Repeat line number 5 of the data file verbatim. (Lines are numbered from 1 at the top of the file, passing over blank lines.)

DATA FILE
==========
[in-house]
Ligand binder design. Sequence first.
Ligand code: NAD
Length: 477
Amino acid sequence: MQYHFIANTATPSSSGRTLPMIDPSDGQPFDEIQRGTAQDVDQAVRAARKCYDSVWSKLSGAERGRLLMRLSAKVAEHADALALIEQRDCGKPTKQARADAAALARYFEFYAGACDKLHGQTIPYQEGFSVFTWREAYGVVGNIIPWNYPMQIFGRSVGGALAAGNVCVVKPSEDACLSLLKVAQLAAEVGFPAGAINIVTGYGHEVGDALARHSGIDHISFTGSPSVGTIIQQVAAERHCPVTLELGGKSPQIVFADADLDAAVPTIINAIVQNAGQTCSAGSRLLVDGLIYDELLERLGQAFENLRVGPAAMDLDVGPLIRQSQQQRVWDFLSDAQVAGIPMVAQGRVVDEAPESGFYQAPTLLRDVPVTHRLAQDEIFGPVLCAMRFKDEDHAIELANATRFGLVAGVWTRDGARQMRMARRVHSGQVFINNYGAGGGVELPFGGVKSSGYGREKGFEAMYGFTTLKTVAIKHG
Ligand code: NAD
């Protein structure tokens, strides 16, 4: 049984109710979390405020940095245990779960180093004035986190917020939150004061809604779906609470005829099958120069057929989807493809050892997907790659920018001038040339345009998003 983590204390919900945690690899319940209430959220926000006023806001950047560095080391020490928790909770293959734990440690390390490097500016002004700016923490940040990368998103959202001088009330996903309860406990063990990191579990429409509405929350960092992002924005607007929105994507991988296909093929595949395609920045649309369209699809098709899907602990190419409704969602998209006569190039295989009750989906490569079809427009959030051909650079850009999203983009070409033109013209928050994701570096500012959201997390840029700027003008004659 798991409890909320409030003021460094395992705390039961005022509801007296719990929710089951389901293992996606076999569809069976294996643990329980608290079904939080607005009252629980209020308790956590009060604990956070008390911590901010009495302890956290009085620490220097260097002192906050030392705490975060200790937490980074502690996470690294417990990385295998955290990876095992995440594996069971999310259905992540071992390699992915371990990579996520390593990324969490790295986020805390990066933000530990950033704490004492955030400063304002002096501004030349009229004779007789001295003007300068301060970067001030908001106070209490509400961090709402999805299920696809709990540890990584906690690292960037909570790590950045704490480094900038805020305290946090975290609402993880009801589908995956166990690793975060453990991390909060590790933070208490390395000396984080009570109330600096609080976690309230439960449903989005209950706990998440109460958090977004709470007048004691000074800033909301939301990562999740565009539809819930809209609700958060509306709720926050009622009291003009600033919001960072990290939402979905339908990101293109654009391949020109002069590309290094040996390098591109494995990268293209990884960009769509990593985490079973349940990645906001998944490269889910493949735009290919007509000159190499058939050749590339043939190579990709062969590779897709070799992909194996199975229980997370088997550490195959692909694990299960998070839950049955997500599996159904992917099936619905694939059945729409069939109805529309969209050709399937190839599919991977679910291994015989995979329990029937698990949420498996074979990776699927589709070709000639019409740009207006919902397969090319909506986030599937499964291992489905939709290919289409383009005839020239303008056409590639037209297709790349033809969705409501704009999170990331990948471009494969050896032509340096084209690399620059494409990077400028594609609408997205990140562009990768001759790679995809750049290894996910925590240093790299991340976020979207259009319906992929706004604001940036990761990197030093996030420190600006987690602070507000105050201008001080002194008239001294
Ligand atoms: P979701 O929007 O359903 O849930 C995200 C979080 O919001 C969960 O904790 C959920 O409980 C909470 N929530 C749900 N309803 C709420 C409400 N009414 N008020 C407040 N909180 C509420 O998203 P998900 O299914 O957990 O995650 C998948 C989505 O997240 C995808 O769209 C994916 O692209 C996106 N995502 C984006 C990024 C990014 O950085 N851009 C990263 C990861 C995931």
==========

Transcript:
Amino acid sequence: MQYHFIANTATPSSSGRTLPMIDPSDGQPFDEIQRGTAQDVDQAVRAARKCYDSVWSKLSGAERGRLLMRLSAKVAEHADALALIEQRDCGKPTKQARADAAALARYFEFYAGACDKLHGQTIPYQEGFSVFTWREAYGVVGNIIPWNYPMQIFGRSVGGALAAGNVCVVKPSEDACLSLLKVAQLAAEVGFPAGAINIVTGYGHEVGDALARHSGIDHISFTGSPSVGTIIQQVAAERHCPVTLELGGKSPQIVFADADLDAAVPTIINAIVQNAGQTCSAGSRLLVDGLIYDELLERLGQAFENLRVGPAAMDLDVGPLIRQSQQQRVWDFLSDAQVAGIPMVAQGRVVDEAPESGFYQAPTLLRDVPVTHRLAQDEIFGPVLCAMRFKDEDHAIELANATRFGLVAGVWTRDGARQMRMARRVHSGQVFINNYGAGGGVELPFGGVKSSGYGREKGFEAMYGFTTLKTVAIKHG